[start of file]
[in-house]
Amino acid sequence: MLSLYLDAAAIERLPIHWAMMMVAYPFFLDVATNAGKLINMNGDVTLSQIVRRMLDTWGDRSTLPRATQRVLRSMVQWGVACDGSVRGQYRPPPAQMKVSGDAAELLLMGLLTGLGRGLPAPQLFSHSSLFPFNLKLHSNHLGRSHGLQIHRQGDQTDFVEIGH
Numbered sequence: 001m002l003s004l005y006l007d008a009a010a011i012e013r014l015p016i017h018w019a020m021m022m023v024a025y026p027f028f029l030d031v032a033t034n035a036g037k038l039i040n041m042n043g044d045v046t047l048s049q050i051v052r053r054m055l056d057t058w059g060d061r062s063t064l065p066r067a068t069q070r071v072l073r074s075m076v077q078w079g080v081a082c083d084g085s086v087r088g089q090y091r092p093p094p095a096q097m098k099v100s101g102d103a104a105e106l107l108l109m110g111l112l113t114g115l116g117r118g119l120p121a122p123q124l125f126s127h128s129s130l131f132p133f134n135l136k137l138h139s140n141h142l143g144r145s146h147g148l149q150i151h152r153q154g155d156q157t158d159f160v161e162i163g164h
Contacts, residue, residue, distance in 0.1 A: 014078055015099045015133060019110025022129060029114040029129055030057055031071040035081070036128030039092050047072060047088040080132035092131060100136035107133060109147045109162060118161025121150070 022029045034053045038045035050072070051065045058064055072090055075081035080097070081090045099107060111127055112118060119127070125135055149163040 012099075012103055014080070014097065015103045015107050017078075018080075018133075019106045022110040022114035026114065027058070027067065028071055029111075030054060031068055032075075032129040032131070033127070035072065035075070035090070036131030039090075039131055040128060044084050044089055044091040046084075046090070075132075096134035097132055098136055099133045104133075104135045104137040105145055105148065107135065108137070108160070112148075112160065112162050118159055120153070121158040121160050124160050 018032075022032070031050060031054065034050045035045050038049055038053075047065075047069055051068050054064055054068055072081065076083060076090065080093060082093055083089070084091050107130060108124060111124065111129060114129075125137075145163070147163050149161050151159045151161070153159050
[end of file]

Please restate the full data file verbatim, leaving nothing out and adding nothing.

[in-house]
Amino acid sequence: MLSLYLDAAAIERLPIHWAMMMVAYPFFLDVATNAGKLINMNGDVTLSQIVRRMLDTWGDRSTLPRATQRVLRSMVQWGVACDGSVRGQYRPPPAQMKVSGDAAELLLMGLLTGLGRGLPAPQLFSHSSLFPFNLKLHSNHLGRSHGLQIHRQGDQTDFVEIGH
Numbered sequence: 001m002l003s004l005y006l007d008a009a010a011i012e013r014l015p016i017h018w019a020m021m022m023v024a025y026p027f028f029l030d031v032a033t034n035a036g037k038l039i040n041m042n043g044d045v046t047l048s049q050i051v052r053r054m055l056d057t058w059g060d061r062s063t064l065p066r067a068t069q070r071v072l073r074s075m076v077q078w079g080v081a082c083d084g085s086v087r088g089q090y091r092p093p094p095a096q097m098k099v100s101g102d103a104a105e106l107l108l109m110g111l112l113t114g115l116g117r118g119l120p121a122p123q124l125f126s127h128s129s130l131f132p133f134n135l136k137l138h139s140n141h142l143g144r145s146h147g148l149q150i151h152r153q154g155d156q157t158d159f160v161e162i163g164h
Contacts, residue, residue, distance in 0.1 A: 014078055015099045015133060019110025022129060029114040029129055030057055031071040035081070036128030039092050047072060047088040080132035092131060100136035107133060109147045109162060118161025121150070 022029045034053045038045035050072070051065045058064055072090055075081035080097070081090045099107060111127055112118060119127070125135055149163040 012099075012103055014080070014097065015103045015107050017078075018080075018133075019106045022110040022114035026114065027058070027067065028071055029111075030054060031068055032075075032129040032131070033127070035072065035075070035090070036131030039090075039131055040128060044084050044089055044091040046084075046090070075132075096134035097132055098136055099133045104133075104135045104137040105145055105148065107135065108137070108160070112148075112160065112162050118159055120153070121158040121160050124160050 018032075022032070031050060031054065034050045035045050038049055038053075047065075047069055051068050054064055054068055072081065076083060076090065080093060082093055083089070084091050107130060108124060111124065111129060114129075125137075145163070147163050149161050151159045151161070153159050